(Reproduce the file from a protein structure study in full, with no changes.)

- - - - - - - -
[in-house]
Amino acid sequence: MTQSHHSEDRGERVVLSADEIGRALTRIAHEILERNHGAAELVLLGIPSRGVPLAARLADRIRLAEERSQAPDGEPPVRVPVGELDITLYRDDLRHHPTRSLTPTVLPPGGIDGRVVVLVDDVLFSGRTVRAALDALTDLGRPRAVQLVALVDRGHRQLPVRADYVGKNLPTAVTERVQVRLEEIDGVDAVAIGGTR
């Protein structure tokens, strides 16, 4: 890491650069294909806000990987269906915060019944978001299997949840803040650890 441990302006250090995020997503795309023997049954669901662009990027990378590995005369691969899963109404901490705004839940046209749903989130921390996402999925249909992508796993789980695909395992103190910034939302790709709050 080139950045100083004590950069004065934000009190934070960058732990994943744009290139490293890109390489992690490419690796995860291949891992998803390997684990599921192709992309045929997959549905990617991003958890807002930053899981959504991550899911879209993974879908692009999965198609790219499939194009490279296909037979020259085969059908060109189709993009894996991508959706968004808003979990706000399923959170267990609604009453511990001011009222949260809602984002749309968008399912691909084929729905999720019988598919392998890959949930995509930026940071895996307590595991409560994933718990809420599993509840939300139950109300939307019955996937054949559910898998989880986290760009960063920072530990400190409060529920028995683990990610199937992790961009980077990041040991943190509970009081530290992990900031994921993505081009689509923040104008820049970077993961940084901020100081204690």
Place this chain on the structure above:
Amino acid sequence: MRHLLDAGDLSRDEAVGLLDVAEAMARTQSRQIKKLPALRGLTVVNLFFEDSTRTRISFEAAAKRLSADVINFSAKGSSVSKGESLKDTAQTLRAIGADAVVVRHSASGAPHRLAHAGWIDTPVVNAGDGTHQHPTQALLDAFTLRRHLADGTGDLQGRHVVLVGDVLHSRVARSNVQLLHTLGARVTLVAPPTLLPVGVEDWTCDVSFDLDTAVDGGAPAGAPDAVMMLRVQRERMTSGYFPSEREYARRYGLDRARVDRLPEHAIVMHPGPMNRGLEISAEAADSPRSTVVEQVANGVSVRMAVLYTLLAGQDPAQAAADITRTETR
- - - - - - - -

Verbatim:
[in-house]
Amino acid sequence: MTQSHHSEDRGERVVLSADEIGRALTRIAHEILERNHGAAELVLLGIPSRGVPLAARLADRIRLAEERSQAPDGEPPVRVPVGELDITLYRDDLRHHPTRSLTPTVLPPGGIDGRVVVLVDDVLFSGRTVRAALDALTDLGRPRAVQLVALVDRGHRQLPVRADYVGKNLPTAVTERVQVRLEEIDGVDAVAIGGTR
């Protein structure tokens, strides 16, 4: 890491650069294909806000990987269906915060019944978001299997949840803040650890 441990302006250090995020997503795309023997049954669901662009990027990378590995005369691969899963109404901490705004839940046209749903989130921390996402999925249909992508796993789980695909395992103190910034939302790709709050 080139950045100083004590950069004065934000009190934070960058732990994943744009290139490293890109390489992690490419690796995860291949891992998803390997684990599921192709992309045929997959549905990617991003958890807002930053899981959504991550899911879209993974879908692009999965198609790219499939194009490279296909037979020259085969059908060109189709993009894996991508959706968004808003979990706000399923959170267990609604009453511990001011009222949260809602984002749309968008399912691909084929729905999720019988598919392998890959949930995509930026940071895996307590595991409560994933718990809420599993509840939300139950109300939307019955996937054949559910898998989880986290760009960063920072530990400190409060529920028995683990990610199937992790961009980077990041040991943190509970009081530290992990900031994921993505081009689509923040104008820049970077993961940084901020100081204690």
Place this chain on the structure above:
Amino acid sequence: MRHLLDAGDLSRDEAVGLLDVAEAMARTQSRQIKKLPALRGLTVVNLFFEDSTRTRISFEAAAKRLSADVINFSAKGSSVSKGESLKDTAQTLRAIGADAVVVRHSASGAPHRLAHAGWIDTPVVNAGDGTHQHPTQALLDAFTLRRHLADGTGDLQGRHVVLVGDVLHSRVARSNVQLLHTLGARVTLVAPPTLLPVGVEDWTCDVSFDLDTAVDGGAPAGAPDAVMMLRVQRERMTSGYFPSEREYARRYGLDRARVDRLPEHAIVMHPGPMNRGLEISAEAADSPRSTVVEQVANGVSVRMAVLYTLLAGQDPAQAAADITRTETR